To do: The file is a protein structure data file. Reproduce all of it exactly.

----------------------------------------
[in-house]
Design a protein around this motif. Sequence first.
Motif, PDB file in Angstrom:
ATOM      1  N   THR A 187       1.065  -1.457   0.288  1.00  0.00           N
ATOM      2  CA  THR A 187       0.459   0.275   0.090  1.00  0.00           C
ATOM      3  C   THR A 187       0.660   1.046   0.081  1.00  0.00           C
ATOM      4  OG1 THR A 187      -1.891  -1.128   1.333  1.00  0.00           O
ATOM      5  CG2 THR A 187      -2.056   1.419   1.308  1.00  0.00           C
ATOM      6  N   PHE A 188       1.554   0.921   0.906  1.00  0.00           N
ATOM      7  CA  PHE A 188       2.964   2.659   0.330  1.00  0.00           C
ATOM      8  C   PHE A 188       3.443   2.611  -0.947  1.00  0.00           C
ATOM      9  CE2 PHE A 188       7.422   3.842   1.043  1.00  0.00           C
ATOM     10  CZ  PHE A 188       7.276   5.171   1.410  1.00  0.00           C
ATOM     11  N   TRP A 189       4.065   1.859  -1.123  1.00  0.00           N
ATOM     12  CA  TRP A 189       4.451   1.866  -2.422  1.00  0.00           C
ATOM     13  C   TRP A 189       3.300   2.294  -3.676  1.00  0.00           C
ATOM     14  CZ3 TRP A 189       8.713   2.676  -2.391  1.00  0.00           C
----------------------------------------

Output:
[in-house]
Design a protein around this motif. Sequence first.
Motif, PDB file in Angstrom:
ATOM      1  N   THR A 187       1.065  -1.457   0.288  1.00  0.00           N
ATOM      2  CA  THR A 187       0.459   0.275   0.090  1.00  0.00           C
ATOM      3  C   THR A 187       0.660   1.046   0.081  1.00  0.00           C
ATOM      4  OG1 THR A 187      -1.891  -1.128   1.333  1.00  0.00           O
ATOM      5  CG2 THR A 187      -2.056   1.419   1.308  1.00  0.00           C
ATOM      6  N   PHE A 188       1.554   0.921   0.906  1.00  0.00           N
ATOM      7  CA  PHE A 188       2.964   2.659   0.330  1.00  0.00           C
ATOM      8  C   PHE A 188       3.443   2.611  -0.947  1.00  0.00           C
ATOM      9  CE2 PHE A 188       7.422   3.842   1.043  1.00  0.00           C
ATOM     10  CZ  PHE A 188       7.276   5.171   1.410  1.00  0.00           C
ATOM     11  N   TRP A 189       4.065   1.859  -1.123  1.00  0.00           N
ATOM     12  CA  TRP A 189       4.451   1.866  -2.422  1.00  0.00           C
ATOM     13  C   TRP A 189       3.300   2.294  -3.676  1.00  0.00           C
ATOM     14  CZ3 TRP A 189       8.713   2.676  -2.391  1.00  0.00           C